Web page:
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JTAG Debugging

Update 2008/01/14: Some progress in supporting multiple devices
Update 2008/01/12: First succes with openocd added
Posted on 2008/01/12 - 19:46

Well, it sure has been one hell of an exciting week. Soldering the first prototype together, getting rid of all solder shortcuts, making absolutely sure that it wouldn't go up in smoke, and then apply some power. It started up without a hitch and I got so excited that I tossed a single image on the frontpage, and continued working on the card instead of the website. Hope you'll pardon me, but four months 'in' the project and after countless hours seeing it come to life is amazing.

So the next step was obviously to get software figured out, installed, and running so I can actually start working on the HDL which needs to be flashed into the card. That turned out to be a bigger fight than I thought. First of all, I started up FTDIs tool called MPROG to flash some data into the eeprom of the ftdi chip to let it act as an Amontec JTAGkey. Turned out that figuring out what settings that where exactly took a while, but the end result was that the Amontec Demo tool could toggle JTAG commands on the bus. That implicitly also meant that the JTAG bus was actually working, so this was the first 'unofficial' confirmation that at least the PROM, the FPGA and the CPLD were working. After reading into how JTAG really worked on bitlevel (I somewhat hoped to avoid that, but found some good instructions in this document) I got the following data:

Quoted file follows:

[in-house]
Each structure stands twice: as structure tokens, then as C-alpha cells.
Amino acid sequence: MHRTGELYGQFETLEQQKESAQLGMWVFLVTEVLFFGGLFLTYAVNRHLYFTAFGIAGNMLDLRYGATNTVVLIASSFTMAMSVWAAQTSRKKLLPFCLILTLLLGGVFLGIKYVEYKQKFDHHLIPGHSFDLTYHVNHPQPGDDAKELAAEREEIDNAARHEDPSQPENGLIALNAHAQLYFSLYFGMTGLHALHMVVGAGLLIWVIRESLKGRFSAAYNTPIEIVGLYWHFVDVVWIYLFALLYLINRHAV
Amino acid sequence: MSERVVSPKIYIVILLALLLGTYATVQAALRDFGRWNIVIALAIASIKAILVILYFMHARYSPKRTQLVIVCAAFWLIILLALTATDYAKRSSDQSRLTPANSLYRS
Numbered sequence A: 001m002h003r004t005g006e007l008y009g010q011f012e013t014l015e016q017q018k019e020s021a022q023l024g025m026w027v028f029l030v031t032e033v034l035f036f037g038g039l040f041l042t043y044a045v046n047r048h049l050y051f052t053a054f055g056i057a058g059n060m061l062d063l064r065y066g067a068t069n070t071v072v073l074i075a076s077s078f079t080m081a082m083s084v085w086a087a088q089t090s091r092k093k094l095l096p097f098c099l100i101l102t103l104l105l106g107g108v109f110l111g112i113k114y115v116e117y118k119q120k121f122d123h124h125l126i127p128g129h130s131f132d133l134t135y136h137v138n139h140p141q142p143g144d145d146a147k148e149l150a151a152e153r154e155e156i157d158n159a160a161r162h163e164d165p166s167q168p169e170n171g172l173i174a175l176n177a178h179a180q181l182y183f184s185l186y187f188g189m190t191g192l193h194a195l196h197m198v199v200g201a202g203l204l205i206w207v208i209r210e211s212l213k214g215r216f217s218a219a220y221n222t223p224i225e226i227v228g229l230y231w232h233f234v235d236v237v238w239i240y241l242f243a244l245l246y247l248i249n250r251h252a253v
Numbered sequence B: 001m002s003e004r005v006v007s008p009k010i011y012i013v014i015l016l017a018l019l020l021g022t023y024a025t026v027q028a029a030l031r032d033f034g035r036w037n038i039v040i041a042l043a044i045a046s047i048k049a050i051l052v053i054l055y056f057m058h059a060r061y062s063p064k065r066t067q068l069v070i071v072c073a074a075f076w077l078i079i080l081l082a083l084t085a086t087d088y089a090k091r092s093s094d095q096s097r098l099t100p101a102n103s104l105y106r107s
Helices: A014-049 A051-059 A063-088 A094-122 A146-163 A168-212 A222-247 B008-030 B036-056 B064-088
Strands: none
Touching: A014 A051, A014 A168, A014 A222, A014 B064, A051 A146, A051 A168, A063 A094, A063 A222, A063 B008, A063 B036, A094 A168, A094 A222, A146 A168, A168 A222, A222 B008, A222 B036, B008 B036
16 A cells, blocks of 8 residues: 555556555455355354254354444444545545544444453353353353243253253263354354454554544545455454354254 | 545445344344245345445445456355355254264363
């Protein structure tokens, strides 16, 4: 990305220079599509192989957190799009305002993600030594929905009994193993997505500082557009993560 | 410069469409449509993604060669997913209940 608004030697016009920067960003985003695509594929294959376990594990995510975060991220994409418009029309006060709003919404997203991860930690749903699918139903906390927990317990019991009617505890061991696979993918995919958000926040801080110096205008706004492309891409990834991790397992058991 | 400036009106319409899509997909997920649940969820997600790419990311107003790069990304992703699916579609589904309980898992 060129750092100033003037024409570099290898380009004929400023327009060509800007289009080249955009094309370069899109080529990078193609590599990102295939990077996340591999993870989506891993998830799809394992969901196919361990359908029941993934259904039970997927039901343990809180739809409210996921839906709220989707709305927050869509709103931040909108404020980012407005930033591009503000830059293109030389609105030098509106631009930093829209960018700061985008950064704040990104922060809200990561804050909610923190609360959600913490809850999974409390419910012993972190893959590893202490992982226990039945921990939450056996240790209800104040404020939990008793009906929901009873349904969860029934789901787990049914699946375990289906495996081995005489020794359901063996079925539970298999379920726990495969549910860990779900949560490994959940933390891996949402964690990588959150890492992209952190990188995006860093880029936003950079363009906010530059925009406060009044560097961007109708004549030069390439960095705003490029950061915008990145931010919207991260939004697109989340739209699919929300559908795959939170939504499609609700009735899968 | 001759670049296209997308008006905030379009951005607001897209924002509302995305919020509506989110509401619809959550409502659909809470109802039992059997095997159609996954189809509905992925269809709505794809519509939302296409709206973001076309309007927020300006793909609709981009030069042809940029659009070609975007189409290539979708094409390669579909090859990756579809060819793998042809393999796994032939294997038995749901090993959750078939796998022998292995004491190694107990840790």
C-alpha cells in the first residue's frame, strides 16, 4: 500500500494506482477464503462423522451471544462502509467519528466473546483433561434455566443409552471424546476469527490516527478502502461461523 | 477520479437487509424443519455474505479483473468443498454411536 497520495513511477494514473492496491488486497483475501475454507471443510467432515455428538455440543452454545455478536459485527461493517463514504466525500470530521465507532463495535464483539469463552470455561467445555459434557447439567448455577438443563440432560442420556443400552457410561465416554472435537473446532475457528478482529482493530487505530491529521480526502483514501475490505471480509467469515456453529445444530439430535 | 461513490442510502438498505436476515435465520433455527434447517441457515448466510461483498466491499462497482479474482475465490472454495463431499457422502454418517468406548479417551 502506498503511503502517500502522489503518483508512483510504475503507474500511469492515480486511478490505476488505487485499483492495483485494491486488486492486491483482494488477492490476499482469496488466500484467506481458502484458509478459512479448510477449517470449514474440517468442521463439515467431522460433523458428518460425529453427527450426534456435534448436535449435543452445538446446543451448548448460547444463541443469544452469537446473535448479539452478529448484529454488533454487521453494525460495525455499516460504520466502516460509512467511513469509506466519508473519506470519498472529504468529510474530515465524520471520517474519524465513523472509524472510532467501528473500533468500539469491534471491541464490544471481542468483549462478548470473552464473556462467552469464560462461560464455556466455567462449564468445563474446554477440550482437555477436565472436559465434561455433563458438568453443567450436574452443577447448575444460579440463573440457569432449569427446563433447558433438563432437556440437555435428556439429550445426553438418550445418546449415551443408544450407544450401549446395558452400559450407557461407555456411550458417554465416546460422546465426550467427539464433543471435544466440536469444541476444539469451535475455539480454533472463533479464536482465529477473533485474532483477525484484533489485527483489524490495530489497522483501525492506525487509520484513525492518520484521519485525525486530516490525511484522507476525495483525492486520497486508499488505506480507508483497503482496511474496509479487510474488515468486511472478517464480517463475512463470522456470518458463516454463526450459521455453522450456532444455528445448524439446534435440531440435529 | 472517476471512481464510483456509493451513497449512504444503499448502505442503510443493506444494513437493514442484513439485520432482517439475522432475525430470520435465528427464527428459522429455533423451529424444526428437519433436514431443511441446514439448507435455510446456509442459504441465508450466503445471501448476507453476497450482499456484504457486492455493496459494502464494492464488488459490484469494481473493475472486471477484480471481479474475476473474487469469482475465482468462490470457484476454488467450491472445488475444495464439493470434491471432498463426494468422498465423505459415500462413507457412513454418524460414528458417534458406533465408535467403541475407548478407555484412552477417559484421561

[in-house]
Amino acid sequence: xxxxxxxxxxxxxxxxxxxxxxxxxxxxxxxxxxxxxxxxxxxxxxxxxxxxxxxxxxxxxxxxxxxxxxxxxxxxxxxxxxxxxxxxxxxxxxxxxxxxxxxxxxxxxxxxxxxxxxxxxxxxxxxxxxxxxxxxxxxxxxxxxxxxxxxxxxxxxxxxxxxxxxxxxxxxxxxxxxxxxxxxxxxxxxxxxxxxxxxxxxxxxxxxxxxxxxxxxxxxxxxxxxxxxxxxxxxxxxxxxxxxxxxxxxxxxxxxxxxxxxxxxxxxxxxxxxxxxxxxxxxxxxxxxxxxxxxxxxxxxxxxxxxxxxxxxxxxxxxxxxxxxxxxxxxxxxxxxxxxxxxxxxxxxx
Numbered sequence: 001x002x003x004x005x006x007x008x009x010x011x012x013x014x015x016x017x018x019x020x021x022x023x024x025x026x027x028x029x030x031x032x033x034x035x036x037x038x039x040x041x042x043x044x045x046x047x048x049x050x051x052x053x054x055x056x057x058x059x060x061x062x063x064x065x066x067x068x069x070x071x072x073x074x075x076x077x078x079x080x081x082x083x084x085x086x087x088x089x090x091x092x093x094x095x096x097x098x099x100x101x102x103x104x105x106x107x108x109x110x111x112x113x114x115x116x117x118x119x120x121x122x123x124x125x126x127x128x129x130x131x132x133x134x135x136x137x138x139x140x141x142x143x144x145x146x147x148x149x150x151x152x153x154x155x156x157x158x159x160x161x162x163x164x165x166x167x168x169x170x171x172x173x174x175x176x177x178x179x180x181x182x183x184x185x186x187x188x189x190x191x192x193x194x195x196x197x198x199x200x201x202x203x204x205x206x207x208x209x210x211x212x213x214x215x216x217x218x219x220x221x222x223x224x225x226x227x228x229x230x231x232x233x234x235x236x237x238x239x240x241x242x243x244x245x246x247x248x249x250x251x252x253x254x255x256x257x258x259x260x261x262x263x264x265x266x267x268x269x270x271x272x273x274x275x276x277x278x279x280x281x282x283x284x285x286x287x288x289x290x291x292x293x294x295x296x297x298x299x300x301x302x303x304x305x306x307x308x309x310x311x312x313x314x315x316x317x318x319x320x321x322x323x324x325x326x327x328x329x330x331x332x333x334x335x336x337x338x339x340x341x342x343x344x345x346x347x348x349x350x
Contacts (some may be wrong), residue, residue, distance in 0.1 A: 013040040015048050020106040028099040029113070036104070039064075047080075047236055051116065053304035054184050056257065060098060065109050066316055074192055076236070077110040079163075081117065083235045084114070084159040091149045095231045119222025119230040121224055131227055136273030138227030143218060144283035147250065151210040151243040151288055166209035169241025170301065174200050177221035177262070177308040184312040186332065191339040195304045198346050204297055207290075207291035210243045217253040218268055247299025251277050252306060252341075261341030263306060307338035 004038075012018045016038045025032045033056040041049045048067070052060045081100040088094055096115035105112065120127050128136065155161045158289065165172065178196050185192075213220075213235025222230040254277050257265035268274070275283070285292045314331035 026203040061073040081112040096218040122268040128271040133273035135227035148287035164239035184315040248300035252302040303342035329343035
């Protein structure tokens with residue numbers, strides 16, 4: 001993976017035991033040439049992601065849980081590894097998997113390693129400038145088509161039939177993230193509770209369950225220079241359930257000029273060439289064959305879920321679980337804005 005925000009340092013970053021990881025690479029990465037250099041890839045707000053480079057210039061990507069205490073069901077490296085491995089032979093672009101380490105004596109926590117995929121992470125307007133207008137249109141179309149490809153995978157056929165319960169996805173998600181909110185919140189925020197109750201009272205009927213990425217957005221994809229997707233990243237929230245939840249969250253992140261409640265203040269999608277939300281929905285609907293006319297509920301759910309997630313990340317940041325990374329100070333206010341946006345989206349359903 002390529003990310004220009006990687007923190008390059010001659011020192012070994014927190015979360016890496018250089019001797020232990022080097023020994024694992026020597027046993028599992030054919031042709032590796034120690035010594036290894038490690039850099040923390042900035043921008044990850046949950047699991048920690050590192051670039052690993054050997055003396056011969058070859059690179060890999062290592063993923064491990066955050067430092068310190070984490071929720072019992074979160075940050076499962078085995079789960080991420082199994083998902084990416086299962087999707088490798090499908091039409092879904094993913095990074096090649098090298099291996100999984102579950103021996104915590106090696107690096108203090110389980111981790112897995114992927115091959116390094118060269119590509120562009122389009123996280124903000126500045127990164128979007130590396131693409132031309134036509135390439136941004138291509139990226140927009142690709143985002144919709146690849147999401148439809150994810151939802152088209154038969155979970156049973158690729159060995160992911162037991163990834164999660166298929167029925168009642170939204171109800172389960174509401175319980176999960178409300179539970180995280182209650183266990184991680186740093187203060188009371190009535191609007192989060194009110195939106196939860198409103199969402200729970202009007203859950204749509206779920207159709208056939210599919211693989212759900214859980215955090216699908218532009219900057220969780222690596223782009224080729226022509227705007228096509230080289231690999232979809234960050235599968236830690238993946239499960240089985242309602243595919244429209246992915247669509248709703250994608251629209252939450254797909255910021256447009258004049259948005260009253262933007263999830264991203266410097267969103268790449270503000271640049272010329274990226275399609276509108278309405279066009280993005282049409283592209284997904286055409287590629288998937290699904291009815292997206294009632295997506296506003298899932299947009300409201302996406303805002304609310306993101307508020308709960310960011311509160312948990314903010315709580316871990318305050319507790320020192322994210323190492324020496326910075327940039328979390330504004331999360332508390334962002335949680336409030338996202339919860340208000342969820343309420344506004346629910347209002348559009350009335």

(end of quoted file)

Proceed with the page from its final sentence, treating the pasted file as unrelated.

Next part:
DR TDO: 0x5f046093 0141c093 49608093

That's three IDCODEs from the chips, albeit in a slightly mangled form (the first byte really reads 0xf5). The next step obviously was to try and do some more advanced stuff, so I prepared an SVF file with Xilinx iMPACT which would then be parsed by the Amontec svfplayer. However, it unfortunately turns out that my programmer differs too much from their original and the application crashed when trying to initialise. Too bad, we did some debugging but it seemed that we had to go for plan B after all, which is using openocd.

The problem with openocd is that it doesn't want to compile natively on windows. So after a lot of searching, asking for help on forums, and figuring out annoying error messages I got it to compile in cygwin. But oddly enough it still didn't want to connect with the ftdi drivers, so I ended up using the precompiled version from yagarto. For documentation purposes, here are some of the important bits of the configuration file;

interface ft2232
reset_config none 

#jtag scan chain
#format L IRC IRCM IDCODE (Length, IR Capture, IR Capture Mask, IDCODE)
jtag_device 8 0x01 0x007 0xfe # xcf04s
jtag_device 6 0x01 0x003 0x09 # xc3s400
jtag_device 8 0x01 0x0e3 0xfe # xc95144xl